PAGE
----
Pride Can Be A Double-Edged Sword

One of the best feelings at the end of the day is pride in a job well done — or so I'm told, at least. Considering that I've had ramen and $2 Chardonnay for dinner every night this week, I'm just proud of myself every time I put on a pair of non-sweatpants and go grocery shopping like the adult I'm supposed to be. But is pride really a good thing? According to research from the University of Cincinnati, your sense of accomplishment could be doing more harm than good.

Researchers conducted four separate studies, which were published together in the Journal of Consumer Research. Each study separated participants into two groups: One that was asked to think about a self-control goal, and a neutral condition that received no such instruction. In the first study, participants were shown words associated with either self-control, like "health" and "willpower," or neutral words like "flower" or "tree." The second study was a writing task that asked neutral participants to write about a typical day, while the pride-related group had to recount life events that made them feel proud.

The third and fourth studies are where it gets especially interesting. The third study was a self-control test that made participants choose between things like sleeping in and getting up early, and the fourth looked at the relationship between pride and spending habits.

According to the study, thinking about a self-control goal actually hurts your self-control in the long run. If the pride-related group was made to feel proud, they were more likely to make indulgent decisions like choosing a cookie over a granola bar. In contrast, if the neutral group felt proud of themselves, they were more likely to exercise self-control.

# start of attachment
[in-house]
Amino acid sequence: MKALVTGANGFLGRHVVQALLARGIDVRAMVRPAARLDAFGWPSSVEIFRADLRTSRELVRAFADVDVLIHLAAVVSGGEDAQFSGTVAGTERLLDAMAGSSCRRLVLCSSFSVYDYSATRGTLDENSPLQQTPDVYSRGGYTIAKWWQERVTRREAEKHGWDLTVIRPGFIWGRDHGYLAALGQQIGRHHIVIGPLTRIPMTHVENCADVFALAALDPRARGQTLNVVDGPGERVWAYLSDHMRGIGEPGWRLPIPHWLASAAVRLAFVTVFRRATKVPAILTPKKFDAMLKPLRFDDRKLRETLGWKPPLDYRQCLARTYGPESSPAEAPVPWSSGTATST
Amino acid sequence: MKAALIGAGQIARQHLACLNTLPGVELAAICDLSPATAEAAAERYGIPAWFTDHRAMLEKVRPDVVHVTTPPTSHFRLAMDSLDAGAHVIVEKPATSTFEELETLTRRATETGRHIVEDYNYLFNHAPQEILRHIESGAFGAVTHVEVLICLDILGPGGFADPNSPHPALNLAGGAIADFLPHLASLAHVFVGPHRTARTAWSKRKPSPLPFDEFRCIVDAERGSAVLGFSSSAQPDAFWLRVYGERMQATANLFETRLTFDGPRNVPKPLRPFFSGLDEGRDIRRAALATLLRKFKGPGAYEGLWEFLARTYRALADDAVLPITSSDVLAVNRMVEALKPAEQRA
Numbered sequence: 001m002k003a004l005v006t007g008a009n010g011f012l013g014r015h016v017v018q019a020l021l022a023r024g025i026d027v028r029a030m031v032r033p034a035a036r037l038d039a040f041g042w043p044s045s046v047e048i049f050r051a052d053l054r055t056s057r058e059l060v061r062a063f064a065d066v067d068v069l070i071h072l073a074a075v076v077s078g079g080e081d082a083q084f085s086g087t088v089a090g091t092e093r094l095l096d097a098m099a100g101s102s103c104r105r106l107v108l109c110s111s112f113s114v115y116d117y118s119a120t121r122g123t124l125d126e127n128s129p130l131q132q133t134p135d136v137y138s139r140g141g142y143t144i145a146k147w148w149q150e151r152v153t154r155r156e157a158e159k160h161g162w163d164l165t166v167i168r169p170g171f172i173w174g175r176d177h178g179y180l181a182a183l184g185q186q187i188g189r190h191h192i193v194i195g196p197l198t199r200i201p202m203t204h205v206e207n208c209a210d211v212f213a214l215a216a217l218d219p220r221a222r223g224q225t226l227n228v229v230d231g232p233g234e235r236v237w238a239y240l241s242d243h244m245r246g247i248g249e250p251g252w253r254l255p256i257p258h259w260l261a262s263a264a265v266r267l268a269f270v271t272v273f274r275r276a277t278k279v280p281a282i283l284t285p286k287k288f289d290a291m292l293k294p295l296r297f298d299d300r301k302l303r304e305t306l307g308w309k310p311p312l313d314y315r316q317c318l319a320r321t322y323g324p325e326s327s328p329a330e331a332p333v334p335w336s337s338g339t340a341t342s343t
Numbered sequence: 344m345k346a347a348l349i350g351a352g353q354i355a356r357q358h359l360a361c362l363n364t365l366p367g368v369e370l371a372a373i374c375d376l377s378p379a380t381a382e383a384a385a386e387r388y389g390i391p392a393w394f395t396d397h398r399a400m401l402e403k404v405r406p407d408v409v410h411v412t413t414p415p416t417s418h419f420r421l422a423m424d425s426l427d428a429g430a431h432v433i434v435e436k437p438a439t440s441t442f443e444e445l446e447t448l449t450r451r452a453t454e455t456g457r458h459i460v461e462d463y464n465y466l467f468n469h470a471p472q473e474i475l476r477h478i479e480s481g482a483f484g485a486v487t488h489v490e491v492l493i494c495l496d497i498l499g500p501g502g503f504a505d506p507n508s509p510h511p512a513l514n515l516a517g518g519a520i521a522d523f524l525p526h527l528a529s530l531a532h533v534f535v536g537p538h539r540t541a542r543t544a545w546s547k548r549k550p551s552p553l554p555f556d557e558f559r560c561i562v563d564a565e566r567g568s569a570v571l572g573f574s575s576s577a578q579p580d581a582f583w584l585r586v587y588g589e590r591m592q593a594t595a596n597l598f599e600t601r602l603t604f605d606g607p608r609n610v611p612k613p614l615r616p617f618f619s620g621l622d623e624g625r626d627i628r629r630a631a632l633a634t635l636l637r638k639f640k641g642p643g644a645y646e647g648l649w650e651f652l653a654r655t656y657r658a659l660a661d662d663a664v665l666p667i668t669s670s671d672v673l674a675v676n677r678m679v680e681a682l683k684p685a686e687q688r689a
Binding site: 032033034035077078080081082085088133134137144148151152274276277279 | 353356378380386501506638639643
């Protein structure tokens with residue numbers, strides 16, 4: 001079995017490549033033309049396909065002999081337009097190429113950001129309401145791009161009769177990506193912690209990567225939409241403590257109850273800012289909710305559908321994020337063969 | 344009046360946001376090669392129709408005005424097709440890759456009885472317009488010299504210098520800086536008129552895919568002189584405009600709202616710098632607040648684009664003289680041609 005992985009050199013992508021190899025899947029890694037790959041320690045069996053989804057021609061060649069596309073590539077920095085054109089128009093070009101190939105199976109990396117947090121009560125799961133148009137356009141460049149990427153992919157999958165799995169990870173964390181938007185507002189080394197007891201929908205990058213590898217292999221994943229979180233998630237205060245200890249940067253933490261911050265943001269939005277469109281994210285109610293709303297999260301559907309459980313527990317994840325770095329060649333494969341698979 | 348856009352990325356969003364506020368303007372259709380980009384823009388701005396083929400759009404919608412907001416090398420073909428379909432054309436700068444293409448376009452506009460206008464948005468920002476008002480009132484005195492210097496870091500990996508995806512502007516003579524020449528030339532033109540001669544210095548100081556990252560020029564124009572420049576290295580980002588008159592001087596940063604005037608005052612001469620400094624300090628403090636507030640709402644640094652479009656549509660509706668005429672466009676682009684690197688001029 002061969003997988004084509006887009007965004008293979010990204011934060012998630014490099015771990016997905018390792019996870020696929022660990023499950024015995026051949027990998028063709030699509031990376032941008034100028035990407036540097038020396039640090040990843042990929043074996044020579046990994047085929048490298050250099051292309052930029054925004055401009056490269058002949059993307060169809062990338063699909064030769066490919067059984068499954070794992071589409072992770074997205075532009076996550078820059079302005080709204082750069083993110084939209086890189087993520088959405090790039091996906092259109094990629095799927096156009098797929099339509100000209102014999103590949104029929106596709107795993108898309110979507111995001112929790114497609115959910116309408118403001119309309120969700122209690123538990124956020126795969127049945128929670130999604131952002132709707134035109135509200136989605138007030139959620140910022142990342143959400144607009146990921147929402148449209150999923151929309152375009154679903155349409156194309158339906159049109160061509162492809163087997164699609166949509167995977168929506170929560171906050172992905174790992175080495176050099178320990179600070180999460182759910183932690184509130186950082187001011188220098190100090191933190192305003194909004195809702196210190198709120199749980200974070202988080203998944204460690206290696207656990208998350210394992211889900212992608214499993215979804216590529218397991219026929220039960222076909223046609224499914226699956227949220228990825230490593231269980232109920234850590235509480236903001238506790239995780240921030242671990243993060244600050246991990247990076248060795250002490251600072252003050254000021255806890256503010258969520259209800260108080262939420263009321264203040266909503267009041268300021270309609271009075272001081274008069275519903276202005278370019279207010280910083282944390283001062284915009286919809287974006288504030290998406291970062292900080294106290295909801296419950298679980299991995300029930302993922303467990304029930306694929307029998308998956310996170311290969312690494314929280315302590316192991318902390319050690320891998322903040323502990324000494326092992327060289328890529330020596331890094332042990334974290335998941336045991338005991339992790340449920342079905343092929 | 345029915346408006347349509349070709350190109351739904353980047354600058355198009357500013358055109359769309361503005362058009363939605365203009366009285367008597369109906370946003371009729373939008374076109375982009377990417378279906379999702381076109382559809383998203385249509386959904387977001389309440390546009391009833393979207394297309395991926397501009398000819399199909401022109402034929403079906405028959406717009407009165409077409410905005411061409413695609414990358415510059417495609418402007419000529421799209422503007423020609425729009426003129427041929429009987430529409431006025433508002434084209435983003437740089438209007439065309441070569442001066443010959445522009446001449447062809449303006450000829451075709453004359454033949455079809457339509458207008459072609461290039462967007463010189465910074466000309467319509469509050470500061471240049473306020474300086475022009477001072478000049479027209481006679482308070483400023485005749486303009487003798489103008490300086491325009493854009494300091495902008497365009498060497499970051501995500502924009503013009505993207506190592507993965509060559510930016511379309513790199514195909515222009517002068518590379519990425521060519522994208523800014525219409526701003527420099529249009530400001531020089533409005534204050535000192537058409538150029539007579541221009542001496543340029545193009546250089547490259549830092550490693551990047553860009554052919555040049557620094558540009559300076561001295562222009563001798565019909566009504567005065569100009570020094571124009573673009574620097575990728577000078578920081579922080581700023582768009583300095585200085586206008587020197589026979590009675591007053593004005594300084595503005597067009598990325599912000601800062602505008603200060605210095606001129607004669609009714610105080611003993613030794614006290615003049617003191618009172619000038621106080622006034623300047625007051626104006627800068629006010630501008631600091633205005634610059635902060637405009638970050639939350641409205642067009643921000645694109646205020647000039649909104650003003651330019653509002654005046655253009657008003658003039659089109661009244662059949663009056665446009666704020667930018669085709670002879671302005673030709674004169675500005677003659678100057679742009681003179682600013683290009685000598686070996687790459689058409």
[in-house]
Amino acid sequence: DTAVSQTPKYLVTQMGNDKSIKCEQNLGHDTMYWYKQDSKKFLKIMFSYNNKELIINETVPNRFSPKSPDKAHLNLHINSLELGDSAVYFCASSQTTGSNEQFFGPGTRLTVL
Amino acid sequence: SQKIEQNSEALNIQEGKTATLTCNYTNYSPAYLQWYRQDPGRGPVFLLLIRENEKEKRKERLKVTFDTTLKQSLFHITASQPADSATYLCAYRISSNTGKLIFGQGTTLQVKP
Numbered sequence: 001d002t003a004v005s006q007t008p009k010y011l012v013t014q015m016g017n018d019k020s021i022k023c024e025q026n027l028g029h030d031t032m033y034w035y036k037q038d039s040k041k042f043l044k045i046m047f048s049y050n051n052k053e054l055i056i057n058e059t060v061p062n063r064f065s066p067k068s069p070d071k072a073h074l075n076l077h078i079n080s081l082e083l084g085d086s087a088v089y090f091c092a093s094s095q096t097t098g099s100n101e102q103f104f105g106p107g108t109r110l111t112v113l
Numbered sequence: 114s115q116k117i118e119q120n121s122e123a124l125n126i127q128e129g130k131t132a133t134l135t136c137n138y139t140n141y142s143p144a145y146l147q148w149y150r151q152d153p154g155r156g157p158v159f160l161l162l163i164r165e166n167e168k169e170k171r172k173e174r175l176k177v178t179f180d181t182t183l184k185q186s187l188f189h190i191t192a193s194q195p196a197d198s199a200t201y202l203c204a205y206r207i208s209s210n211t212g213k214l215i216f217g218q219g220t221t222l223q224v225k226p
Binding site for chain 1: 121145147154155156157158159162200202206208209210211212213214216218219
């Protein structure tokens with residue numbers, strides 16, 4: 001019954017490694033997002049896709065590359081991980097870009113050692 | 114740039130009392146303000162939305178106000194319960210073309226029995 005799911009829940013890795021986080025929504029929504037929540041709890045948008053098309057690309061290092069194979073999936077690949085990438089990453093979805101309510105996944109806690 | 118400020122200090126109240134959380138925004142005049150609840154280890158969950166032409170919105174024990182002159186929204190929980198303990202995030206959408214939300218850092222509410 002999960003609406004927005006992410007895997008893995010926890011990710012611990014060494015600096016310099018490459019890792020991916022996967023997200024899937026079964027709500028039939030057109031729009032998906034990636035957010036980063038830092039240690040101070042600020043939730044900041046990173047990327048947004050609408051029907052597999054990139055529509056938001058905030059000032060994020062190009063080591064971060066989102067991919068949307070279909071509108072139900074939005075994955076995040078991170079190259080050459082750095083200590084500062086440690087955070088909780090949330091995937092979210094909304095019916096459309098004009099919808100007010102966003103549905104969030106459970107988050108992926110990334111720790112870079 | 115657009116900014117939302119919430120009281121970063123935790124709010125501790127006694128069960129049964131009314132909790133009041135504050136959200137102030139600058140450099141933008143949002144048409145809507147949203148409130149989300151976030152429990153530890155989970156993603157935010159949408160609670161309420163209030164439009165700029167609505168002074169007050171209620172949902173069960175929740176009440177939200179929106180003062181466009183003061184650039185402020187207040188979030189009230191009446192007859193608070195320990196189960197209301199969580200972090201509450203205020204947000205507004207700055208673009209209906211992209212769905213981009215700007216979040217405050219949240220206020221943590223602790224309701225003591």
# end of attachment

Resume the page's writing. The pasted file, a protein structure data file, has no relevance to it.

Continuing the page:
What accounts for the difference? According to researchers, the results could be explained by the presence of a self-control goal. If people have an actual, concrete goal and are made to feel proud of themselves, they're more likely to feel like they've accomplished something and are allowed a little leniency.

"When people are made to feel proud, they're more likely to exercise restraint, such as choosing a salad or intending to save more than to spend," researcher Anthony Salerno said, according to Science Daily. "But if people first think about a healthy eating or savings goal and are proud of what they've accomplished so far, their behavior starts to become more hedonic."

It all boils down to the focus of our pride: If we're proud of how restrained we're being, we're more inclined to keep that restraint up. As soon as we feel like we've achieved a certain goal, though, all that restraint goes out the window, and we treat every day like it's Treat Yo Self Day.

At the same time, that doesn't mean you shouldn't ever feel proud of yourself. Research also indicates that thinking positively is the way to go in the face of temptation, and taking pride in your accomplishments is associated with better self-esteem. Besides, there's nothing wrong with treating yourself every once in a while. Just stick to one or two cookies instead of an entire box, and you'll be fine.

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